A CORDIC testbench
Some time ago, I presented a CORDIC algorithm on this blog. This CORDIC algorithm makes it possible to generate sine and cosines using normalized integers as phase angles and only additions and shifts. The CORDIC algorithm is unique because of the simple fact that it does not require any multiplies to calculate these trigonometric values.
Since that time, we’ve demonstrated the utility of this algorithm when testing a proposed/modified PWM algorithm.
This is only the beginnings of what a CORDIC algorithm can be used for. You can also modulate baseband signals to intermediate/carrier frequencies, and downconvert them back to base band, using the same approach. It is really quite versatile.
CORDIC’s can also be used for generating test functions for FPGA based filters. This is particularly where I’d like to go with the technology on this blog. This means that our filtering test bench will depend upon this CORDIC algorithm, and hence any failure in the CORDIC will have a ripple affect into our future articles.
For this reason, we need to get the CORDIC test bench right.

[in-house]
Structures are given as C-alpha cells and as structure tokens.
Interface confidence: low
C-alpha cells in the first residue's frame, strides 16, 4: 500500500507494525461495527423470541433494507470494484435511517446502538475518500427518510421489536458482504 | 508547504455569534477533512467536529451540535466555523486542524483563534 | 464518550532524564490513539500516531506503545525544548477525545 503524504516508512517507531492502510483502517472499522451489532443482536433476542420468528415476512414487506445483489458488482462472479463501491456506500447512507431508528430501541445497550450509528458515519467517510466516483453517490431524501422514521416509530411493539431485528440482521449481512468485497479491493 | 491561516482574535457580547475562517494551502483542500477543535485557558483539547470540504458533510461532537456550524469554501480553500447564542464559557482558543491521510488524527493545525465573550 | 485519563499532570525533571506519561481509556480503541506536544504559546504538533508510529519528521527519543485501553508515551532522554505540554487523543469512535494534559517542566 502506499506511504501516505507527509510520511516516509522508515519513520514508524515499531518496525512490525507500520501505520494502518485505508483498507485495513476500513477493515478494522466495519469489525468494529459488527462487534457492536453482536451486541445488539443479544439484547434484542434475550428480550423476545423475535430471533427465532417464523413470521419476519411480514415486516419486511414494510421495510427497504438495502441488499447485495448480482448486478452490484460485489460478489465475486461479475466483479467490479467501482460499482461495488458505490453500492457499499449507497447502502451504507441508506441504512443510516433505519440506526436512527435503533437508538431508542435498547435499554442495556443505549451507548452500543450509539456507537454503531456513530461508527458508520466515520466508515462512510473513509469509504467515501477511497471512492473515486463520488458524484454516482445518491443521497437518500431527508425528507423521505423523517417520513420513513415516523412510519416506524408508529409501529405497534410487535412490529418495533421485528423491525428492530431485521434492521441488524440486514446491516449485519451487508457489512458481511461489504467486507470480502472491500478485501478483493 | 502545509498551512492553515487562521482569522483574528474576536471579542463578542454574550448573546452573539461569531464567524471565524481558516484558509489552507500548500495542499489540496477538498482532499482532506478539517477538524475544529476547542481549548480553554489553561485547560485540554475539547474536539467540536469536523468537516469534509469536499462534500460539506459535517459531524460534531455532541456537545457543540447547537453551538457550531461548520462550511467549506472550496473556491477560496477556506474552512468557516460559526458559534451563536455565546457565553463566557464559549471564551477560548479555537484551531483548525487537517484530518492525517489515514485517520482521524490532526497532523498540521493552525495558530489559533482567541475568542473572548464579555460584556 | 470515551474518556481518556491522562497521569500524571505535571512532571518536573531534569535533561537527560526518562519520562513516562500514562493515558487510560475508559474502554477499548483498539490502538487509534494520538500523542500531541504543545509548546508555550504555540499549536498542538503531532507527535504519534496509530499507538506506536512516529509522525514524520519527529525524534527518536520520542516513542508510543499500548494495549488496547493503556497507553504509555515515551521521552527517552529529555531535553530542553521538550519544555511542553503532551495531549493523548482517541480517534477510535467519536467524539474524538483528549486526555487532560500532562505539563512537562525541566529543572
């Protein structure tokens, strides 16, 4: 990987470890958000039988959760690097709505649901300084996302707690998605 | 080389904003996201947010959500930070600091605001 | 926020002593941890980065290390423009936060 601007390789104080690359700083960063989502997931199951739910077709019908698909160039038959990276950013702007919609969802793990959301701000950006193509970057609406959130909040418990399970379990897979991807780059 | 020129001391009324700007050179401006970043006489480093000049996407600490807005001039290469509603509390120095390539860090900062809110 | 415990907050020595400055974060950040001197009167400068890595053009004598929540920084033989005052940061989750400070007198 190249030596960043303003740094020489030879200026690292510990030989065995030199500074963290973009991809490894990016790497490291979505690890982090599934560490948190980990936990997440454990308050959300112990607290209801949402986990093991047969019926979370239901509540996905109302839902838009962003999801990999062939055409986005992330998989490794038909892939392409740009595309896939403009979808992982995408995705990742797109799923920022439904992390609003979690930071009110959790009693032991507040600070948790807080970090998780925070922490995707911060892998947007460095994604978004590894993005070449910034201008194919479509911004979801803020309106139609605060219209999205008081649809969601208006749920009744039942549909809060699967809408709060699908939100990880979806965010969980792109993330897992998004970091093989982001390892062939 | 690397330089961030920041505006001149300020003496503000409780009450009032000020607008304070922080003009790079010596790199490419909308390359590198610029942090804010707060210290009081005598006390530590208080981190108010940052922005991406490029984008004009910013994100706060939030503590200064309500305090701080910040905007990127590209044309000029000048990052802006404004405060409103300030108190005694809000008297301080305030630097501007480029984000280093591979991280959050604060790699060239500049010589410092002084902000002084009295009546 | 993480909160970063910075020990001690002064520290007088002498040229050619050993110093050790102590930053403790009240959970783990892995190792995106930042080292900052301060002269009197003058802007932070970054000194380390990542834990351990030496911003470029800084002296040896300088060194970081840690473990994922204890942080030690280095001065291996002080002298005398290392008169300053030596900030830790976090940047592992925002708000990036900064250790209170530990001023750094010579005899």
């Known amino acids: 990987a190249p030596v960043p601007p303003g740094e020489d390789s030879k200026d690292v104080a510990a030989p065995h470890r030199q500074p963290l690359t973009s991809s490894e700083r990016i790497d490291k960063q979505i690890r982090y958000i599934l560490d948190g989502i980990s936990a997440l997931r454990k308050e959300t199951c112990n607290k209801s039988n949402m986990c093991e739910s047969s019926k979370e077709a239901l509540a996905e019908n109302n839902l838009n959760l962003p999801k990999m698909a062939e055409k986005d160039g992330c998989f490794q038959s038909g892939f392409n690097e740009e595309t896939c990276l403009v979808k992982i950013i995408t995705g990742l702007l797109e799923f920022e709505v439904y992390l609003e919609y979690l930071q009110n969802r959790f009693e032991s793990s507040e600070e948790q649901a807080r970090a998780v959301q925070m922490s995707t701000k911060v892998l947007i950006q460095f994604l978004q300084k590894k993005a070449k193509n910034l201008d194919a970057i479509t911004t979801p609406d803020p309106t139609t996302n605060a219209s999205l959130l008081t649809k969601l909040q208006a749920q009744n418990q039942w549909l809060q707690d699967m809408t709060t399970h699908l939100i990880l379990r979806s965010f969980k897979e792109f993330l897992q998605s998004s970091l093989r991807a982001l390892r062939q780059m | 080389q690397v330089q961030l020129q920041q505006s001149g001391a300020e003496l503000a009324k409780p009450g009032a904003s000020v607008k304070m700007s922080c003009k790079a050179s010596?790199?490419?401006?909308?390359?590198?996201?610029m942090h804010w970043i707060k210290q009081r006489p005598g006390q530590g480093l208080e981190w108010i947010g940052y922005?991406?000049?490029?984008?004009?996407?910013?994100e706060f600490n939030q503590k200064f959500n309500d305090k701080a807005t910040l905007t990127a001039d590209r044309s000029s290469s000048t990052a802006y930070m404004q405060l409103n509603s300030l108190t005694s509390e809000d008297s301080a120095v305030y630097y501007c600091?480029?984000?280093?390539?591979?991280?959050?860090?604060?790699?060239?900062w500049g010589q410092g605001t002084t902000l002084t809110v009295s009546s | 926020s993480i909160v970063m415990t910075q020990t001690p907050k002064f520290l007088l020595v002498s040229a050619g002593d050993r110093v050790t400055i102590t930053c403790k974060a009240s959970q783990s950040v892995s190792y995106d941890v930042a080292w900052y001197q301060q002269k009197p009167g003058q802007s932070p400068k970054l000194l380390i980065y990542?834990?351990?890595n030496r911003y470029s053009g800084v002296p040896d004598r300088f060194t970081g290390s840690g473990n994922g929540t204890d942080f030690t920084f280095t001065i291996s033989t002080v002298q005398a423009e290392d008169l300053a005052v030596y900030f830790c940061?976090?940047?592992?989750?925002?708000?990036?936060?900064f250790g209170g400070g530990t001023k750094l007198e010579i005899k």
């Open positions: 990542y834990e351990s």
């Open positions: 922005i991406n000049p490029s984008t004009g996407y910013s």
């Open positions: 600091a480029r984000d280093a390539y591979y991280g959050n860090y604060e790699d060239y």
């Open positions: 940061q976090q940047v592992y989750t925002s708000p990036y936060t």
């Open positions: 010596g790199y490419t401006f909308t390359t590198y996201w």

It also turns out that we made our problem more difficult by creating a core generator approach to our CORDIC algorithm. Because of the core generation approach, our CORDIC test bench will need to run across all manner of parameters: number of stages, input data width, phase bitwidth, extra internal bits, and output bit width. So that we could handle this extra variability, we took a pause in our development in order to present some probabilistic quantities related to quantization which we can now use to predict the performance we expect so as to measure how well we do in comparison to it.
Building this test bench is going to take several steps. The first several of those will estimate how close we can expect the CORDIC algorithm to get to the right result. This is important, because it will then form the basis for any performance thresholds we might create to know if our implementation works. These results can also be used as an estimate of how well the CORDIC algorithm will perform for arbitrary input parameters.